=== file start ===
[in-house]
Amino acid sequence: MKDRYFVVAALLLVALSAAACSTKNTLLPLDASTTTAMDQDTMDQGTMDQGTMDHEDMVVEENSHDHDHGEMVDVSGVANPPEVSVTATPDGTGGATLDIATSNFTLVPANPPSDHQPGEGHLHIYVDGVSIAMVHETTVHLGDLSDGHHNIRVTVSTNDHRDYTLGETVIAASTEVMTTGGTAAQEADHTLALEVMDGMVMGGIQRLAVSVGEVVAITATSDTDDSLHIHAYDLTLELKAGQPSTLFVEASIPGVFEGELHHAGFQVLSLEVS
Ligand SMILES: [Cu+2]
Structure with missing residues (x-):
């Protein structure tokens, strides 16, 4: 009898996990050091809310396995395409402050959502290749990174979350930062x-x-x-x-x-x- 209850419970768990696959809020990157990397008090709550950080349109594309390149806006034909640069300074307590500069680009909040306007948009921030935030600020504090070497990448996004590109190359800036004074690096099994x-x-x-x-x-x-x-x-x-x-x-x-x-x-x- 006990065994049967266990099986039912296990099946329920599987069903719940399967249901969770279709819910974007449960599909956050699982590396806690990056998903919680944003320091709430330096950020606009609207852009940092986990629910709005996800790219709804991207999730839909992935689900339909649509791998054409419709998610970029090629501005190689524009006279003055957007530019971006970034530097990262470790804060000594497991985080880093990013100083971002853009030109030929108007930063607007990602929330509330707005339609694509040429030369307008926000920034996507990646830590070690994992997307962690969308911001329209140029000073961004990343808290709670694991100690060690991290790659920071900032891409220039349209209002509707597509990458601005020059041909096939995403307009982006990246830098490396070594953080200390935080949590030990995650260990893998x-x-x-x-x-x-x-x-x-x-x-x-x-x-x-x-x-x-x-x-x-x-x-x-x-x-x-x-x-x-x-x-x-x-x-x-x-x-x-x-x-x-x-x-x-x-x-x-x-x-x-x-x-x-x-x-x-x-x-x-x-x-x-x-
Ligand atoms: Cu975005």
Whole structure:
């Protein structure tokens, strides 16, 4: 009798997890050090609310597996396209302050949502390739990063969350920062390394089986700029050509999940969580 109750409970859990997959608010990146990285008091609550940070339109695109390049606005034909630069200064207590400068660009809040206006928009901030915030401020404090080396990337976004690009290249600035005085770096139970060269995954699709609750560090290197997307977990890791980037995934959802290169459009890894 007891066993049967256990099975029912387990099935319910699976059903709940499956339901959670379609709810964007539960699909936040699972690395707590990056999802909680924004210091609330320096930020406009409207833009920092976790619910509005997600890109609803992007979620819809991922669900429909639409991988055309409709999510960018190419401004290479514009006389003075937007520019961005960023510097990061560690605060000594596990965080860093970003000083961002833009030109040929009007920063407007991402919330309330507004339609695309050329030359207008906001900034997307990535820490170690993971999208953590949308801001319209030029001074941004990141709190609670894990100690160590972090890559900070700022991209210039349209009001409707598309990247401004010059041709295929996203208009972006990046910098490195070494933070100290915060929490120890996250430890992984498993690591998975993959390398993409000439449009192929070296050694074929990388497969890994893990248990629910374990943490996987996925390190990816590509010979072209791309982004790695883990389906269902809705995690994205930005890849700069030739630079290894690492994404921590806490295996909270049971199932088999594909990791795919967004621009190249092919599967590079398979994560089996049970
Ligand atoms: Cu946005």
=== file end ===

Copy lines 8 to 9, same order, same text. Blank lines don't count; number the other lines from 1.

């Protein structure tokens, strides 16, 4: 009798997890050090609310597996396209302050949502390739990063969350920062390394089986700029050509999940969580 109750409970859990997959608010990146990285008091609550940070339109695109390049606005034909630069200064207590400068660009809040206006928009901030915030401020404090080396990337976004690009290249600035005085770096139970060269995954699709609750560090290197997307977990890791980037995934959802290169459009890894 007891066993049967256990099975029912387990099935319910699976059903709940499956339901959670379609709810964007539960699909936040699972690395707590990056999802909680924004210091609330320096930020406009409207833009920092976790619910509005997600890109609803992007979620819809991922669900429909639409991988055309409709999510960018190419401004290479514009006389003075937007520019961005960023510097990061560690605060000594596990965080860093970003000083961002833009030109040929009007920063407007991402919330309330507004339609695309050329030359207008906001900034997307990535820490170690993971999208953590949308801001319209030029001074941004990141709190609670894990100690160590972090890559900070700022991209210039349209009001409707598309990247401004010059041709295929996203208009972006990046910098490195070494933070100290915060929490120890996250430890992984498993690591998975993959390398993409000439449009192929070296050694074929990388497969890994893990248990629910374990943490996987996925390190990816590509010979072209791309982004790695883990389906269902809705995690994205930005890849700069030739630079290894690492994404921590806490295996909270049971199932088999594909990791795919967004621009190249092919599967590079398979994560089996049970
Ligand atoms: Cu946005």